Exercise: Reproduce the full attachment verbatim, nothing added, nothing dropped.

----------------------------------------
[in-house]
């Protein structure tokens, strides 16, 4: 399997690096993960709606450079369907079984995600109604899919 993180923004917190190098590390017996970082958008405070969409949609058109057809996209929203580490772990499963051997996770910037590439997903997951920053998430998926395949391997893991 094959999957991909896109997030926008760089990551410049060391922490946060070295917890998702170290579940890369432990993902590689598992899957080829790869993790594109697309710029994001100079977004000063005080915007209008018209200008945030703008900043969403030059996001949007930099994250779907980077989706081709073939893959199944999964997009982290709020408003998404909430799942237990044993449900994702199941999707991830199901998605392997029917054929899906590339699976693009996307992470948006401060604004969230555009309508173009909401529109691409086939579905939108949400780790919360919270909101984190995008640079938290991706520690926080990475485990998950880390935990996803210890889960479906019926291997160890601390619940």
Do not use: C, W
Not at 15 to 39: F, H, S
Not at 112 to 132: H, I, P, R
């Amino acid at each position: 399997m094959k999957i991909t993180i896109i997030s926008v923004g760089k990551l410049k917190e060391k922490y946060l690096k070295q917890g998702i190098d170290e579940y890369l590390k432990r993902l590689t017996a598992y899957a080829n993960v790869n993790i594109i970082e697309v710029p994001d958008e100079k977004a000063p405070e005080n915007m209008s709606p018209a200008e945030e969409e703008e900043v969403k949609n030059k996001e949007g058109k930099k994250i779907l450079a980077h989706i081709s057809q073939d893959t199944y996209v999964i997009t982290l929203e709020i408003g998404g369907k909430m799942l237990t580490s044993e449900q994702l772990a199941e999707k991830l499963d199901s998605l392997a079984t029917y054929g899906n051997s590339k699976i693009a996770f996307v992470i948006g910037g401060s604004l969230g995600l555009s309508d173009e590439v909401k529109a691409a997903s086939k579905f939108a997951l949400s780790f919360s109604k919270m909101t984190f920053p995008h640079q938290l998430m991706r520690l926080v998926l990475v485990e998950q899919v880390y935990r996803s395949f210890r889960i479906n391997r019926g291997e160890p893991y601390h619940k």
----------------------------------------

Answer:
[in-house]
């Protein structure tokens, strides 16, 4: 399997690096993960709606450079369907079984995600109604899919 993180923004917190190098590390017996970082958008405070969409949609058109057809996209929203580490772990499963051997996770910037590439997903997951920053998430998926395949391997893991 094959999957991909896109997030926008760089990551410049060391922490946060070295917890998702170290579940890369432990993902590689598992899957080829790869993790594109697309710029994001100079977004000063005080915007209008018209200008945030703008900043969403030059996001949007930099994250779907980077989706081709073939893959199944999964997009982290709020408003998404909430799942237990044993449900994702199941999707991830199901998605392997029917054929899906590339699976693009996307992470948006401060604004969230555009309508173009909401529109691409086939579905939108949400780790919360919270909101984190995008640079938290991706520690926080990475485990998950880390935990996803210890889960479906019926291997160890601390619940």
Do not use: C, W
Not at 15 to 39: F, H, S
Not at 112 to 132: H, I, P, R
């Amino acid at each position: 399997m094959k999957i991909t993180i896109i997030s926008v923004g760089k990551l410049k917190e060391k922490y946060l690096k070295q917890g998702i190098d170290e579940y890369l590390k432990r993902l590689t017996a598992y899957a080829n993960v790869n993790i594109i970082e697309v710029p994001d958008e100079k977004a000063p405070e005080n915007m209008s709606p018209a200008e945030e969409e703008e900043v969403k949609n030059k996001e949007g058109k930099k994250i779907l450079a980077h989706i081709s057809q073939d893959t199944y996209v999964i997009t982290l929203e709020i408003g998404g369907k909430m799942l237990t580490s044993e449900q994702l772990a199941e999707k991830l499963d199901s998605l392997a079984t029917y054929g899906n051997s590339k699976i693009a996770f996307v992470i948006g910037g401060s604004l969230g995600l555009s309508d173009e590439v909401k529109a691409a997903s086939k579905f939108a997951l949400s780790f919360s109604k919270m909101t984190f920053p995008h640079q938290l998430m991706r520690l926080v998926l990475v485990e998950q899919v880390y935990r996803s395949f210890r889960i479906n391997r019926g291997e160890p893991y601390h619940k």